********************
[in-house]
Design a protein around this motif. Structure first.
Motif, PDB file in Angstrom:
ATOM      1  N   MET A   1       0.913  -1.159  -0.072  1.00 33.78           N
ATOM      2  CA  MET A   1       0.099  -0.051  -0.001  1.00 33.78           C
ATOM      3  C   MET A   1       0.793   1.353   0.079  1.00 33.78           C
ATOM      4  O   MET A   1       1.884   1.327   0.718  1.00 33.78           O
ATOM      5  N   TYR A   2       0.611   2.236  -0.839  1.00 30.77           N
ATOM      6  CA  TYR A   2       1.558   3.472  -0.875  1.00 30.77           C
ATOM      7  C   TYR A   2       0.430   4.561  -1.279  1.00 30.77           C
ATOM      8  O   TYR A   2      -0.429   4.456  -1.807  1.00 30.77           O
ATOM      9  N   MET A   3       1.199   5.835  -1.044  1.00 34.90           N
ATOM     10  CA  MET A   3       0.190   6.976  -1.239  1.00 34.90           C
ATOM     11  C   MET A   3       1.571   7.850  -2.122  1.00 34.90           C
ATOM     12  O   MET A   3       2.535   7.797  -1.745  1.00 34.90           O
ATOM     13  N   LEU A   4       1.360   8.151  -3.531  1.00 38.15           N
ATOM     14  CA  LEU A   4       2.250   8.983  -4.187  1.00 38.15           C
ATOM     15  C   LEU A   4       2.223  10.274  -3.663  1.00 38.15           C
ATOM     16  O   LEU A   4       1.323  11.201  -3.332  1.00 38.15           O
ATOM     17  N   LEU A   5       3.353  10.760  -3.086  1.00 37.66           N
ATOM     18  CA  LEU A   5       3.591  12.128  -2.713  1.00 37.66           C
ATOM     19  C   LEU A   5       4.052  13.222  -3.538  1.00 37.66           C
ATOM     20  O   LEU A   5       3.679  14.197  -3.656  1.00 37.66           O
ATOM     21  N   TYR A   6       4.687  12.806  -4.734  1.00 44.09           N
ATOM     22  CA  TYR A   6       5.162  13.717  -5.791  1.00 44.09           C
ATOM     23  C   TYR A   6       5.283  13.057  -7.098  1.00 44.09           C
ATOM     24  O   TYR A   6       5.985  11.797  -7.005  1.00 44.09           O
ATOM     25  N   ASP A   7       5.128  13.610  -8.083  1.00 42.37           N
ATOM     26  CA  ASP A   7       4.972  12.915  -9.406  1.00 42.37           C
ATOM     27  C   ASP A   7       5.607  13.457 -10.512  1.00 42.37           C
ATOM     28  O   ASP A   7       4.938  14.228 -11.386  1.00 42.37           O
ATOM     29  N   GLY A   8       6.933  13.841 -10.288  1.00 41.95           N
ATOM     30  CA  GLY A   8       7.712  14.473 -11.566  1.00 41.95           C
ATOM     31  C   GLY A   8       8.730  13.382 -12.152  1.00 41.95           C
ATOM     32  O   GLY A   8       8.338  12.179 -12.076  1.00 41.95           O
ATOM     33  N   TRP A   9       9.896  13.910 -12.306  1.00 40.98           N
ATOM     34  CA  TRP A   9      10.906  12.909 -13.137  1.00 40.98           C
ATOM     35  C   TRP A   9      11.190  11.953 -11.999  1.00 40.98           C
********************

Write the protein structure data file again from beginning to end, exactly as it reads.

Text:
[in-house]
Design a protein around this motif. Structure first.
Motif, PDB file in Angstrom:
ATOM      1  N   MET A   1       0.913  -1.159  -0.072  1.00 33.78           N
ATOM      2  CA  MET A   1       0.099  -0.051  -0.001  1.00 33.78           C
ATOM      3  C   MET A   1       0.793   1.353   0.079  1.00 33.78           C
ATOM      4  O   MET A   1       1.884   1.327   0.718  1.00 33.78           O
ATOM      5  N   TYR A   2       0.611   2.236  -0.839  1.00 30.77           N
ATOM      6  CA  TYR A   2       1.558   3.472  -0.875  1.00 30.77           C
ATOM      7  C   TYR A   2       0.430   4.561  -1.279  1.00 30.77           C
ATOM      8  O   TYR A   2      -0.429   4.456  -1.807  1.00 30.77           O
ATOM      9  N   MET A   3       1.199   5.835  -1.044  1.00 34.90           N
ATOM     10  CA  MET A   3       0.190   6.976  -1.239  1.00 34.90           C
ATOM     11  C   MET A   3       1.571   7.850  -2.122  1.00 34.90           C
ATOM     12  O   MET A   3       2.535   7.797  -1.745  1.00 34.90           O
ATOM     13  N   LEU A   4       1.360   8.151  -3.531  1.00 38.15           N
ATOM     14  CA  LEU A   4       2.250   8.983  -4.187  1.00 38.15           C
ATOM     15  C   LEU A   4       2.223  10.274  -3.663  1.00 38.15           C
ATOM     16  O   LEU A   4       1.323  11.201  -3.332  1.00 38.15           O
ATOM     17  N   LEU A   5       3.353  10.760  -3.086  1.00 37.66           N
ATOM     18  CA  LEU A   5       3.591  12.128  -2.713  1.00 37.66           C
ATOM     19  C   LEU A   5       4.052  13.222  -3.538  1.00 37.66           C
ATOM     20  O   LEU A   5       3.679  14.197  -3.656  1.00 37.66           O
ATOM     21  N   TYR A   6       4.687  12.806  -4.734  1.00 44.09           N
ATOM     22  CA  TYR A   6       5.162  13.717  -5.791  1.00 44.09           C
ATOM     23  C   TYR A   6       5.283  13.057  -7.098  1.00 44.09           C
ATOM     24  O   TYR A   6       5.985  11.797  -7.005  1.00 44.09           O
ATOM     25  N   ASP A   7       5.128  13.610  -8.083  1.00 42.37           N
ATOM     26  CA  ASP A   7       4.972  12.915  -9.406  1.00 42.37           C
ATOM     27  C   ASP A   7       5.607  13.457 -10.512  1.00 42.37           C
ATOM     28  O   ASP A   7       4.938  14.228 -11.386  1.00 42.37           O
ATOM     29  N   GLY A   8       6.933  13.841 -10.288  1.00 41.95           N
ATOM     30  CA  GLY A   8       7.712  14.473 -11.566  1.00 41.95           C
ATOM     31  C   GLY A   8       8.730  13.382 -12.152  1.00 41.95           C
ATOM     32  O   GLY A   8       8.338  12.179 -12.076  1.00 41.95           O
ATOM     33  N   TRP A   9       9.896  13.910 -12.306  1.00 40.98           N
ATOM     34  CA  TRP A   9      10.906  12.909 -13.137  1.00 40.98           C
ATOM     35  C   TRP A   9      11.190  11.953 -11.999  1.00 40.98           C